December 28th 2012. Pick Of The Day.

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2012's last weekend arrives, and some say not a moment too soon. But amongst the terrible memories we're all sure to associate this year with, there were also some great things, not the least of which may be innacurate Mayans. Well I'm sayin' that anyway.

This site focuses solely on classic film screenings in the five boroughs, and the various venues that show said in our fair metropolis did not let us down this year. MOMA offered a complete James Bond fest, all 22 films in 35mm on the 50th anniversary of 007's feature debut. BAM assembled a definitive retrospective of the Hollywood comedy film in the sound era, beginning with Ernst Lubitsch and ending with BEVERLY HILLS COP 3. For better or worse. And Film Forum blew the rest of the pack away with the best three programs of the year I argue, beginning with the Spaghetti Western fest in June, the exhaustive Universal Studios centenary celebration in July, and the French Old Wave series in August. I practically lived there for weeks.

So within this niche of NYC life I cover there were very good memories indeed, and 2012 goes out with the potential for some more to be made.

Film Forum kicks off a week of the aforementioned Lubitsch with his only collaboration with Greta Garbo, the classic NINOTCHKA, screening in what's becoming a rare format indeed, a brand new 35mm print! Those wondering what's meant by the term The Lubitsch Touch are urged to attend.

The Pier Paolo Pasolini hugfest proceeds at MOMA with a double bill of HAWKS AND SPARROWS and MAMMA ROMA. The former's about a talking intellectual bird and the latter about an altogether different type of bird. Anna Magnani would kick me.

Museum of the Moving Image screens the DCP restoration of BONJOUR TRISTESSE as part of its See It Big! series. Otto Preminger's cult fave found no takers back when initially released and his second attempt to make Jean Seberg a star foundered. She would have to double cross Jean Paul Belmondo a year later to hit it big.

The Rubin Museum gets you loaded while screening Roman Polanski's often imitated 70's period noir CHINATOWN. Not a fan, I take Joe Mantell's final line of advice.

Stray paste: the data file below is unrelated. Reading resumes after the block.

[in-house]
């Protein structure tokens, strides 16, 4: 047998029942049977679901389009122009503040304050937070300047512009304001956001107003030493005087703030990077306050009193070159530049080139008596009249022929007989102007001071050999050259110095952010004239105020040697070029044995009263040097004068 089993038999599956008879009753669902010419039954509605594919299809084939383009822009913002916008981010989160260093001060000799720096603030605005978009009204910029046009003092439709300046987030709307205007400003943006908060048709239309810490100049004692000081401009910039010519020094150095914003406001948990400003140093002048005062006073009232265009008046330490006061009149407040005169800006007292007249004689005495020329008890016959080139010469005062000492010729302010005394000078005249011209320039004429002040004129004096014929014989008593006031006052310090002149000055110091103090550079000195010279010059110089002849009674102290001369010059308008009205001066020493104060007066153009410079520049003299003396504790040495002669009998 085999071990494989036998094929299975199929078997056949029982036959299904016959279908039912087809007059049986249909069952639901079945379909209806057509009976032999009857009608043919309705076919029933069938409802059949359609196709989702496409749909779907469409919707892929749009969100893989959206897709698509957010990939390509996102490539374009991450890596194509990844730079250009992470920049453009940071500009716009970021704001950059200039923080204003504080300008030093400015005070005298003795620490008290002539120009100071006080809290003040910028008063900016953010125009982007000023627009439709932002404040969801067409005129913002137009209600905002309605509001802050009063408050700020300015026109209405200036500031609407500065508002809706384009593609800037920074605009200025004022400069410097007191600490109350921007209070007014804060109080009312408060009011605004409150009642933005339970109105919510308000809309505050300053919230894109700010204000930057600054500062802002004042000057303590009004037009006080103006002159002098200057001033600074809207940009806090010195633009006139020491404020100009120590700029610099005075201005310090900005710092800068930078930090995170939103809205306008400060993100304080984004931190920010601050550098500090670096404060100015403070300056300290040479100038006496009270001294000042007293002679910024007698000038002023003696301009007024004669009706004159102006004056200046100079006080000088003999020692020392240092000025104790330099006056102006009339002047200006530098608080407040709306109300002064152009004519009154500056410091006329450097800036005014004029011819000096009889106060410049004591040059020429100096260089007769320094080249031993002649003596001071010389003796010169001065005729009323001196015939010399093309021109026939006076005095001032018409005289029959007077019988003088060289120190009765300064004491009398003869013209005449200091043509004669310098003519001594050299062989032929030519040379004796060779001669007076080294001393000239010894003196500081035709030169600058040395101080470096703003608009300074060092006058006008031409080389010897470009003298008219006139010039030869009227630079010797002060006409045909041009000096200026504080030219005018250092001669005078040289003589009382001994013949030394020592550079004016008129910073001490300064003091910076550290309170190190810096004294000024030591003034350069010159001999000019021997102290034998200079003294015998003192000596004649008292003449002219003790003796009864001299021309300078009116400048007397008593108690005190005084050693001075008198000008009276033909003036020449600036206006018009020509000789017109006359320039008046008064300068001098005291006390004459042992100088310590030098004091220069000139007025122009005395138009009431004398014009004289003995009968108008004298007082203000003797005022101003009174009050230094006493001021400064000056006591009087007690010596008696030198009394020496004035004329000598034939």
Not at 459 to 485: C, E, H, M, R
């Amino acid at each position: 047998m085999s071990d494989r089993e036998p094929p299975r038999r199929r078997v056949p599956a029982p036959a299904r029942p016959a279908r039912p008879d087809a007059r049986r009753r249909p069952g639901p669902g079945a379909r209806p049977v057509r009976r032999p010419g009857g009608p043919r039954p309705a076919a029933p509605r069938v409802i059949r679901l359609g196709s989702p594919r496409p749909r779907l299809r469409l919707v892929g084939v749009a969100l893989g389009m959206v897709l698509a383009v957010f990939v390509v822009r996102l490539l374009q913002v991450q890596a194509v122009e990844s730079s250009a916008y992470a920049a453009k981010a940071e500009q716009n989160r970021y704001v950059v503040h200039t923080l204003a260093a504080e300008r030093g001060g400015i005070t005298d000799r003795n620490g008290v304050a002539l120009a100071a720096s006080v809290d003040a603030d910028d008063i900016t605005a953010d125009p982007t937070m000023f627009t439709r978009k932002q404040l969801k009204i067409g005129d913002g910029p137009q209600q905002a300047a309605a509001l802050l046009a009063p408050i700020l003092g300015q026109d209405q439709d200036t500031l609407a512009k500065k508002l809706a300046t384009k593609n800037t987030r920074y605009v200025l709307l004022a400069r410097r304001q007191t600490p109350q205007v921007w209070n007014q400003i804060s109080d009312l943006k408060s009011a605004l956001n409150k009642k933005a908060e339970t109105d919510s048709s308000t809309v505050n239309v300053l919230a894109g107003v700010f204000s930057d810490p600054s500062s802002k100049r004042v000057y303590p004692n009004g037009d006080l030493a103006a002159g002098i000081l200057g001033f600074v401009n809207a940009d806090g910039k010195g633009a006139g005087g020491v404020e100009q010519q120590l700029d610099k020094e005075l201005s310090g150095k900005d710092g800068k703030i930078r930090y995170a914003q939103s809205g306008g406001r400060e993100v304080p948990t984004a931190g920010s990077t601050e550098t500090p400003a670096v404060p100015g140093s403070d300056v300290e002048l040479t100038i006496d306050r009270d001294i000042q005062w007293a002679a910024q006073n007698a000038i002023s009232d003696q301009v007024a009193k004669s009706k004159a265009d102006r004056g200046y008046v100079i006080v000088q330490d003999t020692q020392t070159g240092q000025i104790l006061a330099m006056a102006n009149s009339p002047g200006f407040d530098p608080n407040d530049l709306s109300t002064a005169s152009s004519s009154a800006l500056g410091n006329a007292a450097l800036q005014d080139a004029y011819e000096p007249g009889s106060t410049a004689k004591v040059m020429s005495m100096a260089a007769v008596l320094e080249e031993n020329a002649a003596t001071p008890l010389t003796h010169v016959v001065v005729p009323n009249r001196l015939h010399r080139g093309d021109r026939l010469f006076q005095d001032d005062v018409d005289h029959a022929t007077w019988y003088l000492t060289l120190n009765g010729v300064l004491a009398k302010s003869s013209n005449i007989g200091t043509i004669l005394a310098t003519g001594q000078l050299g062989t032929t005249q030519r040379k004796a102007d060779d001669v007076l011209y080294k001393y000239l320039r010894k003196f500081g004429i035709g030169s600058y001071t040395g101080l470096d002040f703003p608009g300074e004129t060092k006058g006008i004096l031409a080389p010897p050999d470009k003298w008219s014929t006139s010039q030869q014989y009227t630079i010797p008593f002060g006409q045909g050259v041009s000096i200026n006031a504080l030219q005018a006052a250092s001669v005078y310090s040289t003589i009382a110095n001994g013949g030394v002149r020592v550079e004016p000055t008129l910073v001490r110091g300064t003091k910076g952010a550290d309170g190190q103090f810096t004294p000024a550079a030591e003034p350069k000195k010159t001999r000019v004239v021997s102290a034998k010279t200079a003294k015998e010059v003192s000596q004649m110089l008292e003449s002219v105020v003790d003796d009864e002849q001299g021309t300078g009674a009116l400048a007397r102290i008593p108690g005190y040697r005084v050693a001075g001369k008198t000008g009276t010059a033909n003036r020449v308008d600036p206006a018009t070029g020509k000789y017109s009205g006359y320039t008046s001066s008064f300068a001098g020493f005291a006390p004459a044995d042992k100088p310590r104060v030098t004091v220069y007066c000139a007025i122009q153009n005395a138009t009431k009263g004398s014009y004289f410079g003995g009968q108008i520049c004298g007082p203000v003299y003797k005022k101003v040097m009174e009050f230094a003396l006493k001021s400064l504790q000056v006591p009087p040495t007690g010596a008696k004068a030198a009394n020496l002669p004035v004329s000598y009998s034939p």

The IFC Center offers competing midnight screenings of David Lynch's I'm-fucking-sick-of-trying-to-describe-this-thing-though-I-still-love-it ERASERHEAD, and John Frankenhiemer's masterpiece of paranoia THE MANCHURIAN CANDIDATE. Both concern the loss of one's very soul. Just in different ways. Very different.

Finally the Film Society shows off by booking some 70mm classics in their unadulterated format at the Walter Reade Theater. LORD JIM aims for David Lean heights and falls short, yet stands tall on its own merits. I mean how many movies get to be LAWRENCE OF ARABIA. One sez me.The FSLC's other 70mm offering, actually an even more format obsolete Cinerama offering whence initially released, is my Pick this freakin' brick ass cold day. It may not be a buried suitcase with 350 G's inside, but it's a treasure worth hunting down nonetheless.

Stanley Kramer first made his name in film as an independent producer in the postwar era specializing in "message" pics of the 50's, his Screen Plays Inc. production comany plucking up emerging talent and showcasing them in topical dramas of the day. Some of the new faces he broke were Jose Ferrer, Grace Kelly, Marlon Brando, Tony Curtis and Sidney Poitier. In the mid-fifties he took over directing reins as well, cranking out controversial classics like THE DEFIANT ONES, ON THE BEACH, INHERIT THE WIND and JUDGEMENT AT NURENBERG. After proving that heavy material unflichingly writ could conjure repeated critical and commercial success, he decided to take a break from weighty subject matter and instead make a tiny inexpensive yukfest based on a script that caught his eye. Something about a big W.

Assuming any film producer at the height of his powers financially and artistically will make a "little" project inbetween epics is like thinking your dog's not hungry after that bowl of chow. The cast quickly filled with not only the comedy A-listers of the period, but nearly EVERY comedy A-lister from EVERY period. Only the Marx Brothers seem to have declined the invite, and that's probably only because Chico was dead when the cameras rolled. The budget balloned, and 35mm turned into the first and ONLY comedy ever filmed in Cinerama, that bendy immense screen format that should've lasted longer dammit! Two hours expanded to three and a half. With an intermission! It's initial release turned into a roadshow run. the little comedy between big projects metastasized into the BIGGEST project of the daring auteur's career!

And far from a break from his "message movies" there is indeed a profound message, messages even, at the heart of this flick, the most expensive and most profitable black comedy ever made; one is that the primal motivation of man, no matter how technologically or philosophically advanced we seem, is sheer unadulterated greed. The second is that laughter is the only thing that makes the first truth tolerable. It's large, loud, insane and one of the funniest films ever made. Stanley Kramer's name on the credits was one I took much notice of when my addiction to cinema first took root in my early teens, so I take special pleasure in awarding my Pick Of The Day to this cinematic maverick and his only comedy, which remains one of the most iconic of all time.

IT'S A MAD, MAD, MAD, MAD WORLD screens today, 6pm at the Walter Reade Theater. I implore you to attend this 70mm restoration!


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And above all enjoy this last weekend of the year! Youse tha goodz! Excelsior!


-Joe Walsh